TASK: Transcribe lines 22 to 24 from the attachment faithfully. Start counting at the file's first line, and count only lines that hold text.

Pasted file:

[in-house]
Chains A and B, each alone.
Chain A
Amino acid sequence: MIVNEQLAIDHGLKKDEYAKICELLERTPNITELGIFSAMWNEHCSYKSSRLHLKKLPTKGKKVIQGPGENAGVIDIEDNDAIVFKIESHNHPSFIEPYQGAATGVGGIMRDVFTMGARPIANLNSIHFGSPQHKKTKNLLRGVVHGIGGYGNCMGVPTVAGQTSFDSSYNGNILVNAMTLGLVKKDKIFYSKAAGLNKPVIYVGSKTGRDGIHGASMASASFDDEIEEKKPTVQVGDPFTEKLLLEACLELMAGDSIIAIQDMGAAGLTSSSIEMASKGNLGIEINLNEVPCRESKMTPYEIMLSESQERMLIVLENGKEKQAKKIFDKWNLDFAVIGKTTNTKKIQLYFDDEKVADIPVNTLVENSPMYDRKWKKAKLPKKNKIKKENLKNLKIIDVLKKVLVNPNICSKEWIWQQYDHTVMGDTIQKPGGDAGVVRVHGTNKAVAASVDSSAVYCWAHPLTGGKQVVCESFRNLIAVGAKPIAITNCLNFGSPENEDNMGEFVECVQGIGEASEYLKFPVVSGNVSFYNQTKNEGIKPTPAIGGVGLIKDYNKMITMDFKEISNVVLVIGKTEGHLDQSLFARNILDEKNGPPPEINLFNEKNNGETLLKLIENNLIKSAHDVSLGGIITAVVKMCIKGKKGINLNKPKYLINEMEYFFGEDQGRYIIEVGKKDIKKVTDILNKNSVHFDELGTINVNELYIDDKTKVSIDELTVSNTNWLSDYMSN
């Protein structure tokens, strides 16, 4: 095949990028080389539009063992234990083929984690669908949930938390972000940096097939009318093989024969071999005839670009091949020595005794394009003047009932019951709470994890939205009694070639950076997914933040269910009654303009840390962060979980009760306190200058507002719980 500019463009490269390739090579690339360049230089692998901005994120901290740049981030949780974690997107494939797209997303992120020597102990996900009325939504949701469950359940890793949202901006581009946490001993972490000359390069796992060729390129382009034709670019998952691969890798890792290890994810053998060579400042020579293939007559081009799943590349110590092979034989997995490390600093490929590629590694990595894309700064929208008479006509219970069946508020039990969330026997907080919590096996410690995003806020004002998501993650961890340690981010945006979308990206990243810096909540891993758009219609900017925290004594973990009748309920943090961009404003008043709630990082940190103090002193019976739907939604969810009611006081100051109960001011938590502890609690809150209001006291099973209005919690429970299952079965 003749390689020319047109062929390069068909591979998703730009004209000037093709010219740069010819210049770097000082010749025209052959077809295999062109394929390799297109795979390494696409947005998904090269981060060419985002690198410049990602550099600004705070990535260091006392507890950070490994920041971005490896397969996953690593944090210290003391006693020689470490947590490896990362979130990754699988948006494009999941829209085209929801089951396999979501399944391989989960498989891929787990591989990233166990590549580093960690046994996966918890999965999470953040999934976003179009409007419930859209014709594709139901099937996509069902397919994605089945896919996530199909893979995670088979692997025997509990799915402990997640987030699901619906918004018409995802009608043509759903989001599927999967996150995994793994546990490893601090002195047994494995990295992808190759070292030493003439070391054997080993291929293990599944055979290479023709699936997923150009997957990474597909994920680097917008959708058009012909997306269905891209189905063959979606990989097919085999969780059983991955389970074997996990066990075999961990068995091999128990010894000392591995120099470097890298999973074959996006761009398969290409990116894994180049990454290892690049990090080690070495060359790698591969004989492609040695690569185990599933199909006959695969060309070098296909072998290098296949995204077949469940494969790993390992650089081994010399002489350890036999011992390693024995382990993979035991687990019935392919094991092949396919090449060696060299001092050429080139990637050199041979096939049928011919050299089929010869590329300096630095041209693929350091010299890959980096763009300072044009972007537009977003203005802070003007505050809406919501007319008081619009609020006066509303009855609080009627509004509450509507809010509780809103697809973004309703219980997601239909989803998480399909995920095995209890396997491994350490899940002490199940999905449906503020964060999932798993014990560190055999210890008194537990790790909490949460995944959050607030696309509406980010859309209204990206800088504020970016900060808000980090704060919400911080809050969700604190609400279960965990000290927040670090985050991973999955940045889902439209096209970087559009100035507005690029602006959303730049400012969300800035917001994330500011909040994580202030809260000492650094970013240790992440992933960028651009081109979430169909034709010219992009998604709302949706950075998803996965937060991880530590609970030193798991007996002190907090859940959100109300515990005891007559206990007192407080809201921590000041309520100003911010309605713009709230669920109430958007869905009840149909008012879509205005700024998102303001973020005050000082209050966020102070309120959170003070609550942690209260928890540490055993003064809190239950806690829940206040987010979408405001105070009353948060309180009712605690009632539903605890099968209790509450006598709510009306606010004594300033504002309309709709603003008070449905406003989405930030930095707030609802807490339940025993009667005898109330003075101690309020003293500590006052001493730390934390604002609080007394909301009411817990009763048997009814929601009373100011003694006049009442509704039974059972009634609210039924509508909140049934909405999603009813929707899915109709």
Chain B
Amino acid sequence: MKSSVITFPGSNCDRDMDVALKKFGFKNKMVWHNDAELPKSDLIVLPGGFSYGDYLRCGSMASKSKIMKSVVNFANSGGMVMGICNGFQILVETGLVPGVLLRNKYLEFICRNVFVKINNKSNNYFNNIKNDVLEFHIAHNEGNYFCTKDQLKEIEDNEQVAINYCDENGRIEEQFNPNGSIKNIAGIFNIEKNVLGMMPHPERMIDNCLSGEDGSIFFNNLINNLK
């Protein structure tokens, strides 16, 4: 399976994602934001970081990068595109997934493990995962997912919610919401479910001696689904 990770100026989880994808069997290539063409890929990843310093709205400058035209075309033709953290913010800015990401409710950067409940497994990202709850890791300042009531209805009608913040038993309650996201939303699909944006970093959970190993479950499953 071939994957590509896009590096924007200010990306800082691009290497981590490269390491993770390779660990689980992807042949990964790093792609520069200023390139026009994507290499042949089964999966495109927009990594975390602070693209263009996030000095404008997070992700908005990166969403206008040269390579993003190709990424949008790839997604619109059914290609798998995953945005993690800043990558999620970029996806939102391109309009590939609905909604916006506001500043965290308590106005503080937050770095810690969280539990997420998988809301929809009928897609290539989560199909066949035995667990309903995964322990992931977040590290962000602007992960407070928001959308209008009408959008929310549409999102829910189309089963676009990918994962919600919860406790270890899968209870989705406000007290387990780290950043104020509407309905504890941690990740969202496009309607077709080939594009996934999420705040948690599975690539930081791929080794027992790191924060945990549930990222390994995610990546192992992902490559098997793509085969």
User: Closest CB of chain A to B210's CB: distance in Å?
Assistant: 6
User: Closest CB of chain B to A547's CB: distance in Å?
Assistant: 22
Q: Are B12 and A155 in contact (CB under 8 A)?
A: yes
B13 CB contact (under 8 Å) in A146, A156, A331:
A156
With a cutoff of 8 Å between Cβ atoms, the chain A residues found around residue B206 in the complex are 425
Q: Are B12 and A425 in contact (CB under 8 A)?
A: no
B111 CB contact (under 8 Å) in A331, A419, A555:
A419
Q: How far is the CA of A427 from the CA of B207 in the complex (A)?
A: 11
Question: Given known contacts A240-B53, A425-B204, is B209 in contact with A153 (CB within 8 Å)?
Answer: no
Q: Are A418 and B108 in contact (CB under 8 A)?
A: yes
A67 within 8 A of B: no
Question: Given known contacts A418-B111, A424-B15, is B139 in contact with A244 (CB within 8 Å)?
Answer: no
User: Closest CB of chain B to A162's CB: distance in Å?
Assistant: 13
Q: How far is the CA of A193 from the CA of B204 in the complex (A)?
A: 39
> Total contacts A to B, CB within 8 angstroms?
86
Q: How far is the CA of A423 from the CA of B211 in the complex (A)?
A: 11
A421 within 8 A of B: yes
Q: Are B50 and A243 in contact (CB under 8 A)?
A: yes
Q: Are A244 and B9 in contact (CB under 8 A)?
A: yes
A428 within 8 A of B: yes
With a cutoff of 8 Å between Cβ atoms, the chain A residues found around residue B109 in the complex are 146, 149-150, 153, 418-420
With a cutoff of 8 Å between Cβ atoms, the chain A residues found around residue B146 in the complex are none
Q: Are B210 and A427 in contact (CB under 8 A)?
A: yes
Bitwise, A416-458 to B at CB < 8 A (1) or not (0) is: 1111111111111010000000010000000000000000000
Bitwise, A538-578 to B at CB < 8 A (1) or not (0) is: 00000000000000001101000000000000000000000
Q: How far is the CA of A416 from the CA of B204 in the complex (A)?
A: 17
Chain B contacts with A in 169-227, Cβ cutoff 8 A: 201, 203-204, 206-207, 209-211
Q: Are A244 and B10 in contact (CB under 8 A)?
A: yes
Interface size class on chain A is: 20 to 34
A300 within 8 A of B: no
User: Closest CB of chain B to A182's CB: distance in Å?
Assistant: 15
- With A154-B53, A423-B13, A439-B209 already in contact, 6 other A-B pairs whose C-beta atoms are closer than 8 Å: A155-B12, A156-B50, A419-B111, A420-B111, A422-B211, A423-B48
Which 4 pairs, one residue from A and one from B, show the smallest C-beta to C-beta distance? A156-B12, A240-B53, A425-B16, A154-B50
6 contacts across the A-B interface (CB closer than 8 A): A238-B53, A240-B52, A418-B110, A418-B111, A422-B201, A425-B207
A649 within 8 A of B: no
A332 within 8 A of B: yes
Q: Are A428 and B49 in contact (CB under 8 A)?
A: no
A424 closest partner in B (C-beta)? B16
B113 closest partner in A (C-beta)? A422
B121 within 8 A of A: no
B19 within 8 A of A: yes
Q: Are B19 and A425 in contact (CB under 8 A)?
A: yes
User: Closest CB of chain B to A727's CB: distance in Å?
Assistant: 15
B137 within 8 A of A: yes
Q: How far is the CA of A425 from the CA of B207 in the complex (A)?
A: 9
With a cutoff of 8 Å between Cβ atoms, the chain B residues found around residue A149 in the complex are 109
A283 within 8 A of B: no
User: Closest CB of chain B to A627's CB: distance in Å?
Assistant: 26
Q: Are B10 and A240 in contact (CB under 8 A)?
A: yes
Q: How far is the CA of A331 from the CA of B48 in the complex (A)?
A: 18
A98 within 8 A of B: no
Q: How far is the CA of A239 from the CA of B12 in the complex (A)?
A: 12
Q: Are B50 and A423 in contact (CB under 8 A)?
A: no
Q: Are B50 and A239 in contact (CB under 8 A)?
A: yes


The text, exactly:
Q: How far is the CA of A427 from the CA of B207 in the complex (A)?
A: 11
Question: Given known contacts A240-B53, A425-B204, is B209 in contact with A153 (CB within 8 Å)?